Far be it from me –

Guest Post By Jason Tucker – Female Genital Mutilation – Law Enforcers Facing An Uphill Battle

on December 12, 2012

Female Genital MutilationLaw enforcers facing an uphill battle

It’s a long and arduous task extending basic human rights to every corner of the globe but charities and government agencies are gradually helping to eliminate practices like forced marriage which really have no place in the world of 2012. One of the most sensitive areas that women’s charities and pressure groups are having to tackle is female genital mutilation (FGM).

This appalling practice is still being carried out on the sub-continent and even in ethnic enclaves in Western Europe. It is usually carried out in the name of so-called religious or social tradition but when anyone in authority in particular religions is questioned on the subject, nobody actually seems to be able to quote chapter and verse about its origins.

Viewed from a human rights perspective, FGM reflects the historic inequality between the sexes and constitutes an extreme form of discrimination against women. The mutilation is nearly always carried out on minors and is therefore a violation of children’s rights. The practice also violates the rights to health, security and physical integrity of the person involved, the right to be free from torture and cruel, inhuman or degrading treatment, and the right to life when the procedure results in death.

Another dangerous misconception about female circumcision is that it bestows various health benefits. This, of course, is total nonsense. It is, in fact, known to be harmful to the female body in many different ways. First, it is clearly painful and traumatic. The World Health Organisation summarises other effects as follows: “The removal of or damage to healthy, normal genital tissue interferes with the natural functioning of the body and causes several immediate and long-term health consequences. For example, babies born to women who have undergone female genital mutilation suffer a higher rate of neonatal death compared with babies born to women who have not undergone the procedure end in stillbirth or spontaneous abortion, and in a further 25% the new born has a low birth weight or serious infection, both of which are associated with an increased risk of perinatal death.”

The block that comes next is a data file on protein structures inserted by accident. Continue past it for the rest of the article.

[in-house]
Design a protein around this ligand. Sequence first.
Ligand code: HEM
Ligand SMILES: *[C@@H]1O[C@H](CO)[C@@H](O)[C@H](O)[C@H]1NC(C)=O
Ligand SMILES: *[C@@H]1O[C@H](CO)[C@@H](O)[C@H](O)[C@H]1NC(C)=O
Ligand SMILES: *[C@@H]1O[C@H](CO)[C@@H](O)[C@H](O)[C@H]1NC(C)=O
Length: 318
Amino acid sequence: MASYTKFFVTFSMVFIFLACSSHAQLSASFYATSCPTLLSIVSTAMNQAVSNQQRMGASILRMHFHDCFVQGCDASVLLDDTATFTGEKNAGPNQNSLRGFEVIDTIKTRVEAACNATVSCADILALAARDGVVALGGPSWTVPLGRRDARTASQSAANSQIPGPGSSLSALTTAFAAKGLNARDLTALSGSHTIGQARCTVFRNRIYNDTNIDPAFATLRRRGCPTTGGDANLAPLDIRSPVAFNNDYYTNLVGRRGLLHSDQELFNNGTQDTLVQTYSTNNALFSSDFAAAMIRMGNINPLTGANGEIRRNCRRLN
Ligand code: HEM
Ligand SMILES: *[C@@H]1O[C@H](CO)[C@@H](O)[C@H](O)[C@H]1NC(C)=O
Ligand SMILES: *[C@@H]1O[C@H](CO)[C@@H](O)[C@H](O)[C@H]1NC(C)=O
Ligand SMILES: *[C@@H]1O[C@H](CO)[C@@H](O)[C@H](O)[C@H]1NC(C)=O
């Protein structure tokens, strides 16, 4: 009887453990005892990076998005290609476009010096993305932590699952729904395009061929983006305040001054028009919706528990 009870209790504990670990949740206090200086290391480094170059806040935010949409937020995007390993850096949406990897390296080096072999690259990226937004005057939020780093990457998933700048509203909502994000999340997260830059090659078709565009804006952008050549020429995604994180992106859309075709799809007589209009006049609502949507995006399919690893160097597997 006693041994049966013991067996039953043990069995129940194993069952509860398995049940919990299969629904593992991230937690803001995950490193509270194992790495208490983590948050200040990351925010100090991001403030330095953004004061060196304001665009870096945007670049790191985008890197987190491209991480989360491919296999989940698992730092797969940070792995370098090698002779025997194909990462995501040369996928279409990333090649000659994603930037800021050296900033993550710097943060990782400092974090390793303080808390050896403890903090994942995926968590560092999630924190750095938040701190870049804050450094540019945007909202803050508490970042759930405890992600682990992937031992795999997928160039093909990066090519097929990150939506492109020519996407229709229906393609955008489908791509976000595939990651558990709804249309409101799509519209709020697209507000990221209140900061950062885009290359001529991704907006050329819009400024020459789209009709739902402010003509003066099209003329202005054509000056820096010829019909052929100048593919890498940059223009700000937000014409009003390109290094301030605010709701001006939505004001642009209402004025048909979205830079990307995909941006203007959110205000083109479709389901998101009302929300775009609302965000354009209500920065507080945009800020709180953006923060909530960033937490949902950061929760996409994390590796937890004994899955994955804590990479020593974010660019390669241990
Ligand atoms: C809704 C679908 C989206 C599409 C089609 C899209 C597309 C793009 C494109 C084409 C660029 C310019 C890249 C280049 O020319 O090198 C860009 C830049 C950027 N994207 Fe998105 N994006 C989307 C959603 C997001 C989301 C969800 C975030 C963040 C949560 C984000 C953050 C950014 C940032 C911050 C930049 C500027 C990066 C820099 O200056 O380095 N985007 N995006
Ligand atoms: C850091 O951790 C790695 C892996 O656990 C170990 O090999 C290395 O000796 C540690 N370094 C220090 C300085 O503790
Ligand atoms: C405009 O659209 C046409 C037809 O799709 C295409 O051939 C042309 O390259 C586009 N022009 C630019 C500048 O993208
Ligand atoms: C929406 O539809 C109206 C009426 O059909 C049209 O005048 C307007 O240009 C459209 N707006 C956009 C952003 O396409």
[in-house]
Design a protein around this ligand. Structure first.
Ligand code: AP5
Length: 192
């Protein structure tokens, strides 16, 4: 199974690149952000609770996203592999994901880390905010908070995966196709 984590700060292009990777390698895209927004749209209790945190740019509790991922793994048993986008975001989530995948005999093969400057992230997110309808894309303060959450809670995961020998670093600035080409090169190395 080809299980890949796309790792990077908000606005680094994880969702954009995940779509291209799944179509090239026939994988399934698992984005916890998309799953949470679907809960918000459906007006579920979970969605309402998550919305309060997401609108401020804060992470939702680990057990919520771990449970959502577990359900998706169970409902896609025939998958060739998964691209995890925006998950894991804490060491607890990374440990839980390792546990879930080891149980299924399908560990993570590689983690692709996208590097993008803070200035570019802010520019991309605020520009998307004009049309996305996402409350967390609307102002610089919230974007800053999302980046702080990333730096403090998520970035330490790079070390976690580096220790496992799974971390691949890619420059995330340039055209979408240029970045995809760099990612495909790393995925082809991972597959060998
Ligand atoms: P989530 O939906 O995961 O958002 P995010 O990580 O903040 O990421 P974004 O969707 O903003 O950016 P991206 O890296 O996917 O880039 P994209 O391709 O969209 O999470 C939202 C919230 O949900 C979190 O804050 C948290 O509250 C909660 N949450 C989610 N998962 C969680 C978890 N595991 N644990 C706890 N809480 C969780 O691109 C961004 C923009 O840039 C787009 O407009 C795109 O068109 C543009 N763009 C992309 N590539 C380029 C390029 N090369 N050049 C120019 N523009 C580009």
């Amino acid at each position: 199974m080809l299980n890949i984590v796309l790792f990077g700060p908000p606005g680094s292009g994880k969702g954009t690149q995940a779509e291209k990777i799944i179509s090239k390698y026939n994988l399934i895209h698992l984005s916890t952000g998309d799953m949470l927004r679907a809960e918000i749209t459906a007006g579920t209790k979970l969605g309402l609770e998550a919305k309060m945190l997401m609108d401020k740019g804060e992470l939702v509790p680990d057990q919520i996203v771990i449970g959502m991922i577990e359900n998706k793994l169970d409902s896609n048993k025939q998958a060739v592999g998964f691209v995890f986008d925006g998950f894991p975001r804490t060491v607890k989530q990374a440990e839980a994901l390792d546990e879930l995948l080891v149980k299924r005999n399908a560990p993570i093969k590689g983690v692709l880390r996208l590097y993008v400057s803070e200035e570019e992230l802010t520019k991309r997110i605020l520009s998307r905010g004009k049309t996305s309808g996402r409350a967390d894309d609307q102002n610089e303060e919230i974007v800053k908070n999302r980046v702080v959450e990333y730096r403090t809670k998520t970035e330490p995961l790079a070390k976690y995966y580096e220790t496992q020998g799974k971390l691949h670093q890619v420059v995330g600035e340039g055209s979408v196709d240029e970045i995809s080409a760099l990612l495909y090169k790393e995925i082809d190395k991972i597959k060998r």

Although the United Nations General Assembly has adopted a resolution banning FGM, some 140 million women and girls alive today are known to be victims and although the practice has been outlawed in most countries, it is still legal in certain nations like Sierra Leone. Even in many countries where it is now officially outlawed, enforcement is proving difficult especially in remote, outlying areas.





2 responses to “Guest Post By Jason Tucker – Female Genital Mutilation – Law Enforcers Facing An Uphill Battle

  1. Please do consider signing our STOP #FGM in Britain HMGovt e-petition: http://epetitions.direct.gov.uk/petitions/35313 … more details when you read the actual petition text. Thank you so much!


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